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Unread July 7th, 2008, 12:29 PM
Rod Whiteley Rod Whiteley is offline
Join Date: Mar 2006
Location: UK
Posts: 7
Default Re: Big push to train British therapists in CBT

Also, the big push stretches the meaning of the term CBT...

Low-intensity workers assess and support patients with common mental health problems (principally anxiety and depression) in the self-management of their recovery. Treatment programmes are designed to aid clinical improvement and social inclusion – including return to work or other meaningful activity. Low-intensity workers do this through the provision of information and support for evidence-based low-intensity psychological treatments, mainly involving cognitive behavioural therapy (CBT). Low-intensity psychological treatments place a greater emphasis on patient self-management and are less burdensome then traditional psychological treatments. Examples include guided self-help and computerised CBT. Support is specifically designed to enable patients to optimise their use of self-management recovery information and may be delivered through face-to-face, telephone, email or other contact methods. Low-intensity workers are expected to operate in a stepped-care, high-volume environment carrying as many as 45 active cases at any one time, with workers completing treatment of between 175 and 250 patients per year. Low-intensity workers also provide information on common pharmacological treatments and support patients in decisions which optimise their use of such treatments.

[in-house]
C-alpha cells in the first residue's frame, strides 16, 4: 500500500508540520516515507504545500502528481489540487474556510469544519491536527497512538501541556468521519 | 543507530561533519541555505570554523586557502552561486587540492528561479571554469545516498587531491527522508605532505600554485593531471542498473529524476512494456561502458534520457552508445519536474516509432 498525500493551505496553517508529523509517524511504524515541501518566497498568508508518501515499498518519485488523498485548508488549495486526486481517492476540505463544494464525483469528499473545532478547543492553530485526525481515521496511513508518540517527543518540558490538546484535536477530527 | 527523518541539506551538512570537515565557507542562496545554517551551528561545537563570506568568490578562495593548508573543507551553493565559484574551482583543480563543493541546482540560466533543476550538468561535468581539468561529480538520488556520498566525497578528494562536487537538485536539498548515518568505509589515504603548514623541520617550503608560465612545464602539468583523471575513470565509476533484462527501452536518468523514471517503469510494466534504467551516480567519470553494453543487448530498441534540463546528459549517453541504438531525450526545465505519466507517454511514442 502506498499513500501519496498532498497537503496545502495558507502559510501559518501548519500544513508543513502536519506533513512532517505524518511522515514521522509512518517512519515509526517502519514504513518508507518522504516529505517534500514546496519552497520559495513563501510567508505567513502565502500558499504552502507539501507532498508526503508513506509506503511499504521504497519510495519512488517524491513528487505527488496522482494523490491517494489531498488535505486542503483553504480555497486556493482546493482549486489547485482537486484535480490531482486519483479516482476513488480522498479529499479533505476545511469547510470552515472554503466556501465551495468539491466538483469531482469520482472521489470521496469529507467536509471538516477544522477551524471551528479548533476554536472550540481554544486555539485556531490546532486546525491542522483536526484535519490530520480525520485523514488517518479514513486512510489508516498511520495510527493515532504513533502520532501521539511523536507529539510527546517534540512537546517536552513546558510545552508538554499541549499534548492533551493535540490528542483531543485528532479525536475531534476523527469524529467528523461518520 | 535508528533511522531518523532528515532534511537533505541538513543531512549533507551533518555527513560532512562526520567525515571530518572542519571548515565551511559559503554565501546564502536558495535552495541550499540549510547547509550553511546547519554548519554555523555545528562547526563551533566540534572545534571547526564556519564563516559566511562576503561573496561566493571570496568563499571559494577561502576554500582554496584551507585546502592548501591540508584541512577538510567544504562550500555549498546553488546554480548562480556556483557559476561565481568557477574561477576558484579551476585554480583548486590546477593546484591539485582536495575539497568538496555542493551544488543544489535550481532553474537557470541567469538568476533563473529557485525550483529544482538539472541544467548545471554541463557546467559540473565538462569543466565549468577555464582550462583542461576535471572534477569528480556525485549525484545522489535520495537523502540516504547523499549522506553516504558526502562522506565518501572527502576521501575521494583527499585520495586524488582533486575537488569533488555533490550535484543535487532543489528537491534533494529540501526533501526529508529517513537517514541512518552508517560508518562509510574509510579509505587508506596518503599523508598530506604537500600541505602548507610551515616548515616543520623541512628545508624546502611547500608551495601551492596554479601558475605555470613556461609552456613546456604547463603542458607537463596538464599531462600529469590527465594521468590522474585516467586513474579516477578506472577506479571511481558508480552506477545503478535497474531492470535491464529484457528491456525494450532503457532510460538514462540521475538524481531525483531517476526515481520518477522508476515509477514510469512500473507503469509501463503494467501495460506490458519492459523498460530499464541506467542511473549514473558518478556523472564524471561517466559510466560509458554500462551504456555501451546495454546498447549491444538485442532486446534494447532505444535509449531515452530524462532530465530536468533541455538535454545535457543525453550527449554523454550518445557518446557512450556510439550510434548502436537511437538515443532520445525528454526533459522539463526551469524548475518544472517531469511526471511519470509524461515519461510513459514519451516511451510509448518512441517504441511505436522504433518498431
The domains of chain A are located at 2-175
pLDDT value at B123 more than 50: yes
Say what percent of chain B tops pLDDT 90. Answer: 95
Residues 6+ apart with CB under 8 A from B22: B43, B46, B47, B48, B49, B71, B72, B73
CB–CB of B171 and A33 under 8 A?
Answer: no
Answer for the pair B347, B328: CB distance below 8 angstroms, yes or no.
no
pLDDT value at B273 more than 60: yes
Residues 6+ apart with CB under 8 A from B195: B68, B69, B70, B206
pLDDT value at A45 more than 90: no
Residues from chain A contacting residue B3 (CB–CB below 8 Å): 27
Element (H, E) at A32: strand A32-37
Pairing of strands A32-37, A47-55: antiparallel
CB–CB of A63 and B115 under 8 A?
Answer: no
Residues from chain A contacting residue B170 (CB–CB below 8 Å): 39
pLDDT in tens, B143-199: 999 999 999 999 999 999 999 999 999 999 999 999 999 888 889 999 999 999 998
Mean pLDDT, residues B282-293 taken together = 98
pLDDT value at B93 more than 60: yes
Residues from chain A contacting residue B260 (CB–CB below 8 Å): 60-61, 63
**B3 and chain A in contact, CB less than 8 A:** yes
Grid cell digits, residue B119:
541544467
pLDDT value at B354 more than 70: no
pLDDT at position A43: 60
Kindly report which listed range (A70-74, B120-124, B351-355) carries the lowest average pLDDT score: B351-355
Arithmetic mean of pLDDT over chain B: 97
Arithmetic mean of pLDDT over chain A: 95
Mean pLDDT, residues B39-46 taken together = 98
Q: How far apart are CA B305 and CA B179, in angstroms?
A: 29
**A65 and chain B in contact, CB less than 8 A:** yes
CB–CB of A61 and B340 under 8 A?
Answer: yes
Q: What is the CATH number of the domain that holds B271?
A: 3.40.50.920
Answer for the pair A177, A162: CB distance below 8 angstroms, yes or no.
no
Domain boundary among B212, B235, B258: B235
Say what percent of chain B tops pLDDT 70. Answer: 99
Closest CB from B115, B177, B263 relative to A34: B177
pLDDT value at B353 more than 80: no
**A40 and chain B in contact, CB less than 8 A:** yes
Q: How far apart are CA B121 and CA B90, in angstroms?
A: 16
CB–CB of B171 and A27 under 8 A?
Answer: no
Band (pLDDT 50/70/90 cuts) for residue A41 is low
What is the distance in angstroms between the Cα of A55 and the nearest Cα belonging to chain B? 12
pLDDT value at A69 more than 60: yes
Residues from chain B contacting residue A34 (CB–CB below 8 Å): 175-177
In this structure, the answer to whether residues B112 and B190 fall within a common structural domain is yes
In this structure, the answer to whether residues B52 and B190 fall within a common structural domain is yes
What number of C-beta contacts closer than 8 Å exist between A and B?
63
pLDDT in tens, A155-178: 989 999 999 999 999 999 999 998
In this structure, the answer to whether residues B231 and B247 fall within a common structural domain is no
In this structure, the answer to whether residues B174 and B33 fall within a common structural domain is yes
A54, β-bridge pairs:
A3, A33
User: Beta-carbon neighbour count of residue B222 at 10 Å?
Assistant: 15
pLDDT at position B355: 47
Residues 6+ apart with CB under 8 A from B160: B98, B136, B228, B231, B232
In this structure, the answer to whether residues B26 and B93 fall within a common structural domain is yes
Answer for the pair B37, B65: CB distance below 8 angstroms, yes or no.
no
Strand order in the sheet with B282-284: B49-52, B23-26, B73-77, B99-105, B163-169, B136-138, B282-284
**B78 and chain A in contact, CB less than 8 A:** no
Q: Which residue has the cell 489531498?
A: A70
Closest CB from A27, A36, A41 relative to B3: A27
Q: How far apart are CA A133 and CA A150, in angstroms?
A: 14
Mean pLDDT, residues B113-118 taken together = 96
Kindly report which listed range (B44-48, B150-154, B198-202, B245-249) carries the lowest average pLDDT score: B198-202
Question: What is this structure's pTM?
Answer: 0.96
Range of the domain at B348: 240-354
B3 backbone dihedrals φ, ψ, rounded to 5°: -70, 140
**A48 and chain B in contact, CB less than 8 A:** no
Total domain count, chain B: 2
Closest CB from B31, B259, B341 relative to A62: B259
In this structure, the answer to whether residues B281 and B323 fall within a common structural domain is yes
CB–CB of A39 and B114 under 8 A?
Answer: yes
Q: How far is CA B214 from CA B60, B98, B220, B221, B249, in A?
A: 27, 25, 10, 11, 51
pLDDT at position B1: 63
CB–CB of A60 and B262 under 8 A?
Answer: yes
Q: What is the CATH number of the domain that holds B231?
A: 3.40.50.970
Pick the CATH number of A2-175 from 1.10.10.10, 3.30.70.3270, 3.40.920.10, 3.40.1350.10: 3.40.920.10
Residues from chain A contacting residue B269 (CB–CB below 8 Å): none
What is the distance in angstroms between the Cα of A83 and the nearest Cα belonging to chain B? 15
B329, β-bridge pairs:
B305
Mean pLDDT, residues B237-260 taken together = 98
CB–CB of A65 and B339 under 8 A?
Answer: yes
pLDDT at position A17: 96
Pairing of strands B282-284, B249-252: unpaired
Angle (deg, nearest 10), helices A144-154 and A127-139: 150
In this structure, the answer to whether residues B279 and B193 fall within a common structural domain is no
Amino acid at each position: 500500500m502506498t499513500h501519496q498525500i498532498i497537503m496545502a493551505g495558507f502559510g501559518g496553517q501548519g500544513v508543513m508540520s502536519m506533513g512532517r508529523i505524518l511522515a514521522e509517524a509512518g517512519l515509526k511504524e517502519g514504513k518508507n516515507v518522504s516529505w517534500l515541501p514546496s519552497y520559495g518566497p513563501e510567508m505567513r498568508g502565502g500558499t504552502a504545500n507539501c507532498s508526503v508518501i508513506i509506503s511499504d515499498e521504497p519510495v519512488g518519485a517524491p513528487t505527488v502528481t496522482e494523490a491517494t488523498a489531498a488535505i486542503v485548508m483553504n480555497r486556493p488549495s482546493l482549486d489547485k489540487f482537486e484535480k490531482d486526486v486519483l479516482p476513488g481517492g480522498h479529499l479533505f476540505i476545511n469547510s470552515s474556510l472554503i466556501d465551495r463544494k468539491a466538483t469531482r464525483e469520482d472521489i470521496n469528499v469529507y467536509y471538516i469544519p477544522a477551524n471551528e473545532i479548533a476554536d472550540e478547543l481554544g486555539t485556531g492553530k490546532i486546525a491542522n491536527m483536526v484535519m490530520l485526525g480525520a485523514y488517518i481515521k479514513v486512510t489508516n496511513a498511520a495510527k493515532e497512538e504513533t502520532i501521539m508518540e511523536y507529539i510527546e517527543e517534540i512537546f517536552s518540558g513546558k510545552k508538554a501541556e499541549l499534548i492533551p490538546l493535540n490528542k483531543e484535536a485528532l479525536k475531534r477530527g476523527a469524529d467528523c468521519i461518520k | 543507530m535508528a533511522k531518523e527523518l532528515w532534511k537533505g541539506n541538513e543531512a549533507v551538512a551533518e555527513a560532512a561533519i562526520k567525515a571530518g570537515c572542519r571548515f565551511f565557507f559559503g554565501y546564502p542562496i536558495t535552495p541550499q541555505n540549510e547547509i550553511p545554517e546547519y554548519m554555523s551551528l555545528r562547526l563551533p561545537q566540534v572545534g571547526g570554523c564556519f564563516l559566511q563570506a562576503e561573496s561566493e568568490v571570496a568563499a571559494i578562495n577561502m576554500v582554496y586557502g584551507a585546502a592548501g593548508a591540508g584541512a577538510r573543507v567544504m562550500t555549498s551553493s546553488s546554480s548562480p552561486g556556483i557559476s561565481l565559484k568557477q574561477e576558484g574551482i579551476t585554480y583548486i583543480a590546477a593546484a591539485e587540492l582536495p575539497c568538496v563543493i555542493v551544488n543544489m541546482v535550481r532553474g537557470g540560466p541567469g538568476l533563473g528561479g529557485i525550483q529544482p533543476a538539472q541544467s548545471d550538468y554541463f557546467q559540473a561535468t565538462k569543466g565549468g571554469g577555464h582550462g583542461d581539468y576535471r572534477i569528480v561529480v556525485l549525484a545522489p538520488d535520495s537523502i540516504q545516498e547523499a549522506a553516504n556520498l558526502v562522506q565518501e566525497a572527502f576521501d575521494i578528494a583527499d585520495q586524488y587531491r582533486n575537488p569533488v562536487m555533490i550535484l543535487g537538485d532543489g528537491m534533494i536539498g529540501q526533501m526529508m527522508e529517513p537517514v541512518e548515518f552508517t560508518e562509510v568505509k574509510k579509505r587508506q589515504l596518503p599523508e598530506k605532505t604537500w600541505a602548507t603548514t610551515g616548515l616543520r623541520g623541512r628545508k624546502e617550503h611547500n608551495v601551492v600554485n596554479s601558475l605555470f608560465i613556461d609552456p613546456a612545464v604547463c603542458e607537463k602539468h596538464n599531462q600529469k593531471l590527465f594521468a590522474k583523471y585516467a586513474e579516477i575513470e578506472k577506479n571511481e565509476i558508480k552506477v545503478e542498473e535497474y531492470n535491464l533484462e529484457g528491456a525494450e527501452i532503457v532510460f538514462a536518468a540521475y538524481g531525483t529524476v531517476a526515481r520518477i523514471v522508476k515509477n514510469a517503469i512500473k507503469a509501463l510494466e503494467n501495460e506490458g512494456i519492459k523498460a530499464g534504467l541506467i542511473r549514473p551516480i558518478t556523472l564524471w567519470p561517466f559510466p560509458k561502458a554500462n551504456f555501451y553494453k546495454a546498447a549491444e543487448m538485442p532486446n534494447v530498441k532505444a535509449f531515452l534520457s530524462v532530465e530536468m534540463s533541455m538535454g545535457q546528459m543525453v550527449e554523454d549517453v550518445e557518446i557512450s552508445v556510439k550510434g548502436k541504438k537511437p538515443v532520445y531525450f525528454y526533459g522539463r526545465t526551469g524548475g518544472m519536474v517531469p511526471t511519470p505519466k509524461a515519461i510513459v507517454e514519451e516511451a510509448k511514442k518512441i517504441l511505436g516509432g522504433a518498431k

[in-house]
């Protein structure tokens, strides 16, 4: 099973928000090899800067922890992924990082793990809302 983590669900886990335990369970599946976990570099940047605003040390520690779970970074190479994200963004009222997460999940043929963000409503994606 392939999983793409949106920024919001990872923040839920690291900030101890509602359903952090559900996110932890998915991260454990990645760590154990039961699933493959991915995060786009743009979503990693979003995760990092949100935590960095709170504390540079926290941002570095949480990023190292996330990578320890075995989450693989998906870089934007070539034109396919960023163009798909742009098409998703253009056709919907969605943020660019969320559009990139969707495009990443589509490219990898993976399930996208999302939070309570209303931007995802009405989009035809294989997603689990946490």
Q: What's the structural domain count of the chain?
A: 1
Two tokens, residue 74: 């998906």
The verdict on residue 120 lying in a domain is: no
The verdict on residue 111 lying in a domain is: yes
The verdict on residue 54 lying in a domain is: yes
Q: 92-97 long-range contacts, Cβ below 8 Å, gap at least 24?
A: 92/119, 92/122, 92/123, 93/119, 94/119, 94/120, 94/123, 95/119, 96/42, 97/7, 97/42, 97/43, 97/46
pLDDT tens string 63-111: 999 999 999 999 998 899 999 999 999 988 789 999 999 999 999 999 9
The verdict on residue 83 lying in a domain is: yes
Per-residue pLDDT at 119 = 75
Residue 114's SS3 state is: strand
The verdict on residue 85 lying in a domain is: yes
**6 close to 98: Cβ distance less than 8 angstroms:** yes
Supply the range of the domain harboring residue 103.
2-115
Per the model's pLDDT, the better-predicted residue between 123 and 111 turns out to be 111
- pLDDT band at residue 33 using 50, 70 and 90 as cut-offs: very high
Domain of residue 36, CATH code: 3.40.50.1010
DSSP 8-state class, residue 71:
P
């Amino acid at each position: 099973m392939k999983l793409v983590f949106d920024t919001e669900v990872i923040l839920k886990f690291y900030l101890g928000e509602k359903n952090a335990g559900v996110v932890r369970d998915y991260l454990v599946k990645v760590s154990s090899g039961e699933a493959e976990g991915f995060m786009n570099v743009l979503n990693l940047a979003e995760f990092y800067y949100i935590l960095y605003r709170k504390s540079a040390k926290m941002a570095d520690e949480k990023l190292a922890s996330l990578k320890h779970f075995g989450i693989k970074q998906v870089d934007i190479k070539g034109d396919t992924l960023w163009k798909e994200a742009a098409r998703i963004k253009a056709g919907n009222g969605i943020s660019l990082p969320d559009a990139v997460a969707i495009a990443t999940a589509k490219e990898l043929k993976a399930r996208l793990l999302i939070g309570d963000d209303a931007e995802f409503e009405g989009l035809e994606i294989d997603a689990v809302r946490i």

From: Curriculum for low‑intensity therapies workers (PDF)
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